1 Simple Strategy to Stop Yelling

With young kids around, yelling and emotional regulation seem to be constant topics in our home.  We are always discussing ways to be sensitive to our children’s very real emotions.  It is a balancing act of allowing them to feel those emotions, teaching them it is okay to have and express those emotions, but also giving them tools to handle those emotions in appropriate ways.  Read on to learn one way we can achieve this balance.


Yelling and Regulating Emotions:  Where do we begin?

I don’t believe these challenges are unique to just children.  As a friend recently reminded me, making real changes in your family and out in the world begins with self-reflection.

One of the key parts of humility is admitting when you are wrong.  Our children think of us as these amazing people who know everything.  But, as we all know, we are imperfect, and there is kindness is acknowledging our flaws and admitting our mistakes.  It allows us to:

  1. Model apologizing.
  2. Demonstrate the positive ways to work on what we find difficult.
  3. Be relatable and human.
  4. Show our children how to learn and grow from mistakes in positive ways.
  5. Teach them we can still love others and ourselves despite our flaws.
  6. Promote mutual respect.


Recently, I decided to work on one of my own flaws in a very visible and concrete way:  yelling.



If I could change anything about myself, it would be that I yell.  I raise my voice when I get stressed and overwhelmed, and I am very impatient.  At times I see this behavior in my kids.  They are imitating this negative expression of mine, and I am determined to break that cycle.  In order to do this, I wanted to find a strategy that would work for me (so I could MODEL the appropriate responses to stress and frustration), and one that could also work for my kids.

As a visual learner, I wanted a concrete way to demonstrate stopping, refocusing, and calming ourselves when we felt ourselves (or noticed someone else) nearing a breaking point.  From there, the hope is that we would be able to address the situation in a more constructive way without yelling.  In the beginning, I thought I would use a stop sign.  Ultimately, however, I settled on a red heart, because by stopping, breathing, and refocusing, we are not only calming ourselves, we are also being KIND to ourselves and the people around us.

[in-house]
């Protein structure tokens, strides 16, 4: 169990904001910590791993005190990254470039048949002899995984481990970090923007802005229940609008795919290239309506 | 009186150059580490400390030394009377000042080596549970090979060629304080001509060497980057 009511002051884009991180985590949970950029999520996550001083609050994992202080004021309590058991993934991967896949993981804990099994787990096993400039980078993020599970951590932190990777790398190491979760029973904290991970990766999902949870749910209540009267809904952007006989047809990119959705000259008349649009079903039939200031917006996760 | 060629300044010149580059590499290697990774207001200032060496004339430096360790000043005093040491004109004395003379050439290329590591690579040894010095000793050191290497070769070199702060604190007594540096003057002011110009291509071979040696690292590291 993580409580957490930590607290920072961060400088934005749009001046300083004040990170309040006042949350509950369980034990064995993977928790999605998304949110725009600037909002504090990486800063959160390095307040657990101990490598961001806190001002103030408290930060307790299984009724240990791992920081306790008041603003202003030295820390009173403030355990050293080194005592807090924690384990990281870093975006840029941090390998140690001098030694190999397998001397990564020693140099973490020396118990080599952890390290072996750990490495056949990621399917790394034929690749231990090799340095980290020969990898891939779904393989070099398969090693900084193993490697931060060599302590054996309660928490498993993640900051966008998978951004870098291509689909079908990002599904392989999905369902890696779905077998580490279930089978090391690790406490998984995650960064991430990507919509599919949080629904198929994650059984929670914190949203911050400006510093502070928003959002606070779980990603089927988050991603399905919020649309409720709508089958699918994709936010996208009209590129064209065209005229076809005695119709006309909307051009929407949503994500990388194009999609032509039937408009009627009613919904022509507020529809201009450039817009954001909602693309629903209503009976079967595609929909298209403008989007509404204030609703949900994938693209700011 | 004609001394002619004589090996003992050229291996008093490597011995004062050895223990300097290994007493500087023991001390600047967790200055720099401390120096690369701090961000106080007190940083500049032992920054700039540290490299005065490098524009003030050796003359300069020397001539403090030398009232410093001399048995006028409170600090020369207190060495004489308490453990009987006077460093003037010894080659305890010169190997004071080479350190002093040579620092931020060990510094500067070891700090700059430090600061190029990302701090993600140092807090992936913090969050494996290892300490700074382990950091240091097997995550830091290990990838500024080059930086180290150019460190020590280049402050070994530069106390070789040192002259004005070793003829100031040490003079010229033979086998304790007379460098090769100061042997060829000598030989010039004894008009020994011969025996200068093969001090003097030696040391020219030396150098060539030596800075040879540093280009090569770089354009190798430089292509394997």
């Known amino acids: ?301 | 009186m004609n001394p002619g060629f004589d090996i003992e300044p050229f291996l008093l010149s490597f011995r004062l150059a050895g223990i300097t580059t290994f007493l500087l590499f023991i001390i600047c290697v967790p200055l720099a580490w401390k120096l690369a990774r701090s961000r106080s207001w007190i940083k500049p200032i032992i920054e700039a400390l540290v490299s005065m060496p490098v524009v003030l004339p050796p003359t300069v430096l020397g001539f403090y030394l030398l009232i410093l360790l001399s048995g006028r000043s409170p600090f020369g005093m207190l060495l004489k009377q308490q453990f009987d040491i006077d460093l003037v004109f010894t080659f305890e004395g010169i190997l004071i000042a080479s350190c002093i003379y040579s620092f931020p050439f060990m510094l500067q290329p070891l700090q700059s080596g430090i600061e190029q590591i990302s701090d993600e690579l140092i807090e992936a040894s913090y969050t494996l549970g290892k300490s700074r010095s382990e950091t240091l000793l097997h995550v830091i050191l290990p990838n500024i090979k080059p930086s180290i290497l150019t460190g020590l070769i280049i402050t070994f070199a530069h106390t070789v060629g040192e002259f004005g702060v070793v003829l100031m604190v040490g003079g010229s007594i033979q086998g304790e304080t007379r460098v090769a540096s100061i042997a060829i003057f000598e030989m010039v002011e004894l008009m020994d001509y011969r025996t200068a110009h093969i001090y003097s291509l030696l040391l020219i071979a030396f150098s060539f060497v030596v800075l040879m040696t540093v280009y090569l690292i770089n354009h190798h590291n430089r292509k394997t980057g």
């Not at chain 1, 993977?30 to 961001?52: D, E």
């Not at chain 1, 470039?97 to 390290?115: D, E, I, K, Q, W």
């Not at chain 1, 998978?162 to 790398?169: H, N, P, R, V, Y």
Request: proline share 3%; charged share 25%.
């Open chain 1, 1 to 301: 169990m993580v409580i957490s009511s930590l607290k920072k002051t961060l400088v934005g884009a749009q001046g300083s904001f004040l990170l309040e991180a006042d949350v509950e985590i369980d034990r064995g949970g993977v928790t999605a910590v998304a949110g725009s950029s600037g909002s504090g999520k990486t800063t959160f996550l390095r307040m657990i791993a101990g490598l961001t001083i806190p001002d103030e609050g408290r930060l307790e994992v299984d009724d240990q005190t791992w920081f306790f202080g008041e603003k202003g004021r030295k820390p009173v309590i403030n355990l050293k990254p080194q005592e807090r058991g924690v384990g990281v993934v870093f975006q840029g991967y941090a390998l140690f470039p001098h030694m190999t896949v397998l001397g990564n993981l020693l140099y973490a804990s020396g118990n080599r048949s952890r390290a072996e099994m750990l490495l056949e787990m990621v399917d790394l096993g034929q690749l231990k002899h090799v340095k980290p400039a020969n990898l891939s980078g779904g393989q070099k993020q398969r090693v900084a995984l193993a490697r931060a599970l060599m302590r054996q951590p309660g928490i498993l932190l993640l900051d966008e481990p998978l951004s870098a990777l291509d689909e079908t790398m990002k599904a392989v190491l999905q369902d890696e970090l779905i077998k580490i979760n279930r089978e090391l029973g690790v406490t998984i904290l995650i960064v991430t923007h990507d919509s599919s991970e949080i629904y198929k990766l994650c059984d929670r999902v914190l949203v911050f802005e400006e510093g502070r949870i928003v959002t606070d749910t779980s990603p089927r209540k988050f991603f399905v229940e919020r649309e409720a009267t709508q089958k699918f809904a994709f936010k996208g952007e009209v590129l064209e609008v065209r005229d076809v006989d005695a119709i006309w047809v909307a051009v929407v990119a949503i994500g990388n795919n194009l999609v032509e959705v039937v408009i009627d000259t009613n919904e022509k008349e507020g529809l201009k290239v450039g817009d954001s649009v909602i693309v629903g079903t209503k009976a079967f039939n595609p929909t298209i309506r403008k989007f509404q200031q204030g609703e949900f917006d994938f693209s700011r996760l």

How it works:

  1. If we notice ourselves or another person in our family getting angry, worked up, or frustrated, we go to our clipboard, grab the red heart, and silently hold it.  We don’t have to say, “Calm down.”  We don’t need to scream in frustration.  There is power in the gesture, and power in the silence.
  2. That visual cue reminds us to look at our “Calm” Board, which contains several strategies for helping ourselves refocus.  For our “Calm” Board, we brainstormed strategies as a family that help us feel calmer when we are frustrated.  We can try:
    • High Five/Take Five Breathing (see how that works here)
    • Playing the piano
    • Taking a break (which entails going to a quiet space in our house)
    • Yoga or Meditation (we have quick 2 minute poses/meditation links and apps we can go to for a quick session).  See ideas for mindfulness/yoga for kids here.


visual cue for emotional regulation and an alternative to yelling

Our “Calm” Board


As with anything involving your kids, the system isn’t seamless.  In the beginning, both of my boys resisted the whole idea.  We experienced a few incidents involving a mangled, torn heart and a heart lost to the garbage can.  However, over time, I have found that the silent visual cue of handing over the heart has had a positive influence.  I am consciously working on regulating my own emotions, and truly it has helped tremendously to have that visual reminder.  One day Mr. Track Suit heard me say, “Okay, you guys, I’m starting to get frustrated!”  Without missing a beat he said, “Mom, maybe you need the heart!”  I went to the heart, did my five deep breaths, and moved on.  Using a visual cue, I was able to model appropriate behavior, and I didn’t yell or get more worked up.

Another huge advantage to this system is that I have the ability to help my kids without “over” parenting.  I have a tendency to try to explain things to them that are way over their heads or get lost in the midst of their heightened emotions.  This is simple.  And with kids, simple is better.  My kids are beginning to learn to calm themselves, and have control over choosing the strategy that will work best for them.


What are some things you are working on and what have you found to be helpful?  What are some challenges you have that I could write about or research to help you?


This parenting thing can be hard, isolating, and lonely.  But it doesn’t have to be.  We are in this together and can help each other.  I want to learn MORE and only hope to share in that with you.  I can only hope that you see this as a place to collaborate.  Email me, message me, call me.  Let me know what YOU are struggling with and what information you’d like more of.  Tell me what you are doing that might be helpful to others.  I want to ask questions.  I want to confront my prejudices.  I will be raw and real, and I hope you all find you can come to me and be that open, too.  Through all of our discussion, I hope we can help our kids reach their potential, too.

I hope you reach out.  Keep looking for those little helpers in your world.  Mine were lifesavers this week.


Much love,



FREE Printable Library Including a Give Wisely Checklist, Fill-in-the Blank Thank You Cards, a Kindness Challenge Calendar, Gratitude Journal and More
Sign up below to receive your printable downloads delivered monthly!
I respect your privacy and will not share your information.